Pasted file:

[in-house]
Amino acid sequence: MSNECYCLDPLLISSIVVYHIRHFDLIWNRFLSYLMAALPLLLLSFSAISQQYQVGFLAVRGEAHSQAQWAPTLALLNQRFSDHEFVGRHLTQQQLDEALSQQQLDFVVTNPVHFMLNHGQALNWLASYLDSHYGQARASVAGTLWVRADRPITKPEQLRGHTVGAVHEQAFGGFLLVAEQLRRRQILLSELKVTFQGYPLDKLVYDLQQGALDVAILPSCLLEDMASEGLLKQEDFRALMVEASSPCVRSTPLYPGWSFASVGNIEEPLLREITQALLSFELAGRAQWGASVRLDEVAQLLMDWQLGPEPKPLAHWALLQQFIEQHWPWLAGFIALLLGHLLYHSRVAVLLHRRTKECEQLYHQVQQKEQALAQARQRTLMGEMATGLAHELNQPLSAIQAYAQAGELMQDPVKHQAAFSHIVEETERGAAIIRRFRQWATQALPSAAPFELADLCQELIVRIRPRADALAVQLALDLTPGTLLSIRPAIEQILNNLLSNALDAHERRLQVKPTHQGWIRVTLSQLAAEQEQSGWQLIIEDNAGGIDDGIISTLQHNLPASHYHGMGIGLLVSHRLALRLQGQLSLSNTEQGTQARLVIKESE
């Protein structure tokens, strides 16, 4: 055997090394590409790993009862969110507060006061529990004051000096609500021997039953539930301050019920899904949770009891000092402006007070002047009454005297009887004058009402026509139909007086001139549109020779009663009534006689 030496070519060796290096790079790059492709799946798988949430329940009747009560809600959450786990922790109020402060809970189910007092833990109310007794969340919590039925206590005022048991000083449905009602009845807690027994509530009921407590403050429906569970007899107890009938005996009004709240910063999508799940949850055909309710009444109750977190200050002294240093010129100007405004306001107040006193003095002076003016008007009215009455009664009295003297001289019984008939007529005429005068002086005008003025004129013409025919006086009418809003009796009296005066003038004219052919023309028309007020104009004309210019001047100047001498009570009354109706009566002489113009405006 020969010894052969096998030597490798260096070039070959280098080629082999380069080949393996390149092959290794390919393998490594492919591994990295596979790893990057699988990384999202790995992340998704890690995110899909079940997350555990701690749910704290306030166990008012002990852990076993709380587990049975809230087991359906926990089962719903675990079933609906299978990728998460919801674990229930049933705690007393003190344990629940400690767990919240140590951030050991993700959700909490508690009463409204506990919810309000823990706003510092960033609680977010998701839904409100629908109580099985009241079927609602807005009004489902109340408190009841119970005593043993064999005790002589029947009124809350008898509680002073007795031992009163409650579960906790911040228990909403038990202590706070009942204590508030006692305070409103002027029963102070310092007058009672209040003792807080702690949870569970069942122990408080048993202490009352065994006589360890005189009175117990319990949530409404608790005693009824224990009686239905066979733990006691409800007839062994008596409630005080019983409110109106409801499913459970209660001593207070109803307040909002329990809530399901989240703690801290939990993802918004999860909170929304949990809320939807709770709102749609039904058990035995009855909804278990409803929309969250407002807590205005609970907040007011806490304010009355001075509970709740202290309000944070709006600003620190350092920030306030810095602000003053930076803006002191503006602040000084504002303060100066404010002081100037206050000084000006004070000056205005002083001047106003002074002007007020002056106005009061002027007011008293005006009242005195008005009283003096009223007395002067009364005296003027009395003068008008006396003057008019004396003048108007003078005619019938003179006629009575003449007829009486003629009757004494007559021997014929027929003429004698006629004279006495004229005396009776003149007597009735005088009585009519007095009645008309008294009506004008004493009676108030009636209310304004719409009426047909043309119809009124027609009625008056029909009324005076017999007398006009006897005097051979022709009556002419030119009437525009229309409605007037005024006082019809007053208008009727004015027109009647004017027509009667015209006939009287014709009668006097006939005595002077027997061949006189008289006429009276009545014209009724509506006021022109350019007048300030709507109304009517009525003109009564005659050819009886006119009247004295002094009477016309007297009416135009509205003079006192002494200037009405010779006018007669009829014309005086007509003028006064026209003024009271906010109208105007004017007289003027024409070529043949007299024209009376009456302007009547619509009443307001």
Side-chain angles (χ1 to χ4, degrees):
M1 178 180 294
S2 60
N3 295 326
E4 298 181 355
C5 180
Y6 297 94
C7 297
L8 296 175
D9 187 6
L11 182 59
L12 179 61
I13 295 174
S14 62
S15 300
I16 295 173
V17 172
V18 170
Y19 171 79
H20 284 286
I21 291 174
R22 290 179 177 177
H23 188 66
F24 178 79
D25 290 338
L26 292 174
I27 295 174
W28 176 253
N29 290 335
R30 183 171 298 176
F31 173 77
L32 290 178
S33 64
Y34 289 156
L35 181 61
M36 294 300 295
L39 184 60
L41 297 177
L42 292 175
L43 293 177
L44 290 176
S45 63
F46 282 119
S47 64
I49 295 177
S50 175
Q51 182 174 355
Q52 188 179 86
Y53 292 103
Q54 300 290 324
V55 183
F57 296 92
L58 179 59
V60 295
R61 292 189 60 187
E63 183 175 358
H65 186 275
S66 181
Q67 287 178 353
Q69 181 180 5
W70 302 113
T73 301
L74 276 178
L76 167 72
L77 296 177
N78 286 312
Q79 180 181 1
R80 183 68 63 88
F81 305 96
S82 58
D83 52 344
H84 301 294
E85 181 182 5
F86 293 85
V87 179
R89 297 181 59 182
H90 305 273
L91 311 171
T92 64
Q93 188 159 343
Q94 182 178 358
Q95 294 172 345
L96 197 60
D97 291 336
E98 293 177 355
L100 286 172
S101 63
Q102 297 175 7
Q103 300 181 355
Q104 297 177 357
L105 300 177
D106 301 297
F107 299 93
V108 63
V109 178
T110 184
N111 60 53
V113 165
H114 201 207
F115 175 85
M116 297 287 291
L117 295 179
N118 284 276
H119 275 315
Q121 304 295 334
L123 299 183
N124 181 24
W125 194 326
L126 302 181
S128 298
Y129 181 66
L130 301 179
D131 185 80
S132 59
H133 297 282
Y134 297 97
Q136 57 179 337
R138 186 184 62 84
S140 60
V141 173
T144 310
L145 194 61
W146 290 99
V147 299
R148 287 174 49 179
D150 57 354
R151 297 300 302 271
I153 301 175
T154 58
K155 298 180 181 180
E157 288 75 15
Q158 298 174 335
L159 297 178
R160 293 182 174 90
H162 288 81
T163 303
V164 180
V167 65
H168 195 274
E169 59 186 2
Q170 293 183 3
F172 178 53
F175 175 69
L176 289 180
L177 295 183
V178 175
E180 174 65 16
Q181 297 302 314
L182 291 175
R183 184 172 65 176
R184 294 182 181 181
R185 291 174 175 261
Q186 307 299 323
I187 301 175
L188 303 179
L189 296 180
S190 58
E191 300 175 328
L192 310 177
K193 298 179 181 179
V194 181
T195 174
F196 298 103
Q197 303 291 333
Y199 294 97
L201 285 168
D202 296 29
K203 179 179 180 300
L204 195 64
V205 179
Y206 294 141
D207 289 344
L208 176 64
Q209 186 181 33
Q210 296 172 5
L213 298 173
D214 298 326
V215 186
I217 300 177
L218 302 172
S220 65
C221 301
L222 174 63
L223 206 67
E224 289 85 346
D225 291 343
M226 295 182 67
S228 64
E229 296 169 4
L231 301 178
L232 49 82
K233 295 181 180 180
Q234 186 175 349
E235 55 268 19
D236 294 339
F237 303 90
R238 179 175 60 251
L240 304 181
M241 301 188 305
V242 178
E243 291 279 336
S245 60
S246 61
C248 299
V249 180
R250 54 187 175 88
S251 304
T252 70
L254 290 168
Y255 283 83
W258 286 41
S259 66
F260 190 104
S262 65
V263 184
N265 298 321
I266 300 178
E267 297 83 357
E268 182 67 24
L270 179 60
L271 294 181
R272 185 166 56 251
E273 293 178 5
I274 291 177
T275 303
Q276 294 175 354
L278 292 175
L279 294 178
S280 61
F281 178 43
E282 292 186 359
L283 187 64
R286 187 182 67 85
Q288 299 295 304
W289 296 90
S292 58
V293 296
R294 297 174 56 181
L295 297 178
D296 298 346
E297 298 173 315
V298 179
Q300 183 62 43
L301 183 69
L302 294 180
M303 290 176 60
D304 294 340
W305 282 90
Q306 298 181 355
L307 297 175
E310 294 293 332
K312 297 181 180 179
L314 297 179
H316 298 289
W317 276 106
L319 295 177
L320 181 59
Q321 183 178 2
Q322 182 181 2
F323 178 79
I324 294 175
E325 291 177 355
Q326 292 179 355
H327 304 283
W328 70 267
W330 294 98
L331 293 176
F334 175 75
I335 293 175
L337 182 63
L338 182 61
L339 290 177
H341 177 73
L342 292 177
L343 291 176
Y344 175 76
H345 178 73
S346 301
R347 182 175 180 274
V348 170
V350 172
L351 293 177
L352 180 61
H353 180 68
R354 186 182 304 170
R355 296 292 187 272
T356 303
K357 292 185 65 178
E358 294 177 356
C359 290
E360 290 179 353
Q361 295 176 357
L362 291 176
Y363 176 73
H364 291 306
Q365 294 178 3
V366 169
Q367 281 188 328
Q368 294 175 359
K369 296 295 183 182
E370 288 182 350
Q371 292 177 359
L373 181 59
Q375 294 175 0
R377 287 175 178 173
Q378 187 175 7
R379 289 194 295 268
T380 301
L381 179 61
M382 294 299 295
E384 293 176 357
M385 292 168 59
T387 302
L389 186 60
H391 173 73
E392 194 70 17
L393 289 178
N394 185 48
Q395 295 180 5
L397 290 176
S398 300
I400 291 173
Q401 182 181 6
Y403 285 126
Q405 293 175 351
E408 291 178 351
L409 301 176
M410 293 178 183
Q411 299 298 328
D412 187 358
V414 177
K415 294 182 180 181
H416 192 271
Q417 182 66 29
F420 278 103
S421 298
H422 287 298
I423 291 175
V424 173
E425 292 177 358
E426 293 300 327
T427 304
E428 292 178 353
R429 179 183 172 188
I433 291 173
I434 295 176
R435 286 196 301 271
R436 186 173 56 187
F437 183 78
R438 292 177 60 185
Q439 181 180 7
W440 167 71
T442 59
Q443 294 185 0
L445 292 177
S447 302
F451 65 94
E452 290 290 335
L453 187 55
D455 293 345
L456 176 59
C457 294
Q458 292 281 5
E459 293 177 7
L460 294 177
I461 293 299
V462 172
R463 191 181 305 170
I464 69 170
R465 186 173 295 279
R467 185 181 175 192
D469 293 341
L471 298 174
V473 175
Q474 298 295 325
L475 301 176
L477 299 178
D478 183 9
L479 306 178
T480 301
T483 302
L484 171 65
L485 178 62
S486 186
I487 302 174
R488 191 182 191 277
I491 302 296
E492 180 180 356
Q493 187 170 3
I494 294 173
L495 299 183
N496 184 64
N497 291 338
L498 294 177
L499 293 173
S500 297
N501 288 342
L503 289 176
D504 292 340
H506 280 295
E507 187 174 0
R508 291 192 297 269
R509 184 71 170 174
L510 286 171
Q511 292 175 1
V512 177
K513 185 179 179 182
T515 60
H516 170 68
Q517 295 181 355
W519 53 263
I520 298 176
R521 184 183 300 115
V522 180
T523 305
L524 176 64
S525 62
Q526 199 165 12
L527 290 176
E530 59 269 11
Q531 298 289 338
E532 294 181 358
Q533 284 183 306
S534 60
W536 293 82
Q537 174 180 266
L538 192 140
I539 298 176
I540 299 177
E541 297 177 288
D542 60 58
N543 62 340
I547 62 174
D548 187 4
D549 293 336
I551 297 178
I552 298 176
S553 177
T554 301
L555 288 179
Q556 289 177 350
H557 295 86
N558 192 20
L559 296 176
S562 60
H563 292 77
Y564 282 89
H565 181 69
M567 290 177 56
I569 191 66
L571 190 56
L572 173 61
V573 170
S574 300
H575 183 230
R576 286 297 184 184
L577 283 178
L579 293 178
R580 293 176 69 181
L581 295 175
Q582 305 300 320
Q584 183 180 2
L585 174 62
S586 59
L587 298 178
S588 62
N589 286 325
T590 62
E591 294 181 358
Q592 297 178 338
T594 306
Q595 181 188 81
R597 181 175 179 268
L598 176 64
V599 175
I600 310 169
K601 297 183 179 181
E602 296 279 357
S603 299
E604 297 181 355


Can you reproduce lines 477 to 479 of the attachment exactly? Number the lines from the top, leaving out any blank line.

L598 176 64
V599 175
I600 310 169